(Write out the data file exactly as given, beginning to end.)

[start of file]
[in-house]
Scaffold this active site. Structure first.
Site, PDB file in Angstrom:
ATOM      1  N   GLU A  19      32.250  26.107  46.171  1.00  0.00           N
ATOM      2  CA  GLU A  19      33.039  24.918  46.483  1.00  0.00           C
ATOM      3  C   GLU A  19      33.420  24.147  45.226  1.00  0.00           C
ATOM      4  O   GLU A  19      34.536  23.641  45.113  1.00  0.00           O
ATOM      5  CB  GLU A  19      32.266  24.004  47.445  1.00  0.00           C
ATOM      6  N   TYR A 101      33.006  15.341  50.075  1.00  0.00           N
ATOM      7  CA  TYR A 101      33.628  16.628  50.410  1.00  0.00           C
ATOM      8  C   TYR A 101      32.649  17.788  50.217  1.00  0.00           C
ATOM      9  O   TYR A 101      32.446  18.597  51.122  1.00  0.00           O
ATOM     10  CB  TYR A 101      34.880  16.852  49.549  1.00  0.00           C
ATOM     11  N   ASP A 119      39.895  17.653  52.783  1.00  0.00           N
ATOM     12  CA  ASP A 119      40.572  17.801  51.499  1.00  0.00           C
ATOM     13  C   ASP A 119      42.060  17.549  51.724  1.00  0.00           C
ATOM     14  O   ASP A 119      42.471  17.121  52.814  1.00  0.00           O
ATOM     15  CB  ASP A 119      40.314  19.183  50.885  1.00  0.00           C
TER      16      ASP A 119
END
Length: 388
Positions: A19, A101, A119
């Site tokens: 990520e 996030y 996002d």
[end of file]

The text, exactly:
[in-house]
Scaffold this active site. Structure first.
Site, PDB file in Angstrom:
ATOM      1  N   GLU A  19      32.250  26.107  46.171  1.00  0.00           N
ATOM      2  CA  GLU A  19      33.039  24.918  46.483  1.00  0.00           C
ATOM      3  C   GLU A  19      33.420  24.147  45.226  1.00  0.00           C
ATOM      4  O   GLU A  19      34.536  23.641  45.113  1.00  0.00           O
ATOM      5  CB  GLU A  19      32.266  24.004  47.445  1.00  0.00           C
ATOM      6  N   TYR A 101      33.006  15.341  50.075  1.00  0.00           N
ATOM      7  CA  TYR A 101      33.628  16.628  50.410  1.00  0.00           C
ATOM      8  C   TYR A 101      32.649  17.788  50.217  1.00  0.00           C
ATOM      9  O   TYR A 101      32.446  18.597  51.122  1.00  0.00           O
ATOM     10  CB  TYR A 101      34.880  16.852  49.549  1.00  0.00           C
ATOM     11  N   ASP A 119      39.895  17.653  52.783  1.00  0.00           N
ATOM     12  CA  ASP A 119      40.572  17.801  51.499  1.00  0.00           C
ATOM     13  C   ASP A 119      42.060  17.549  51.724  1.00  0.00           C
ATOM     14  O   ASP A 119      42.471  17.121  52.814  1.00  0.00           O
ATOM     15  CB  ASP A 119      40.314  19.183  50.885  1.00  0.00           C
TER      16      ASP A 119
END
Length: 388
Positions: A19, A101, A119
């Site tokens: 990520e 996030y 996002d």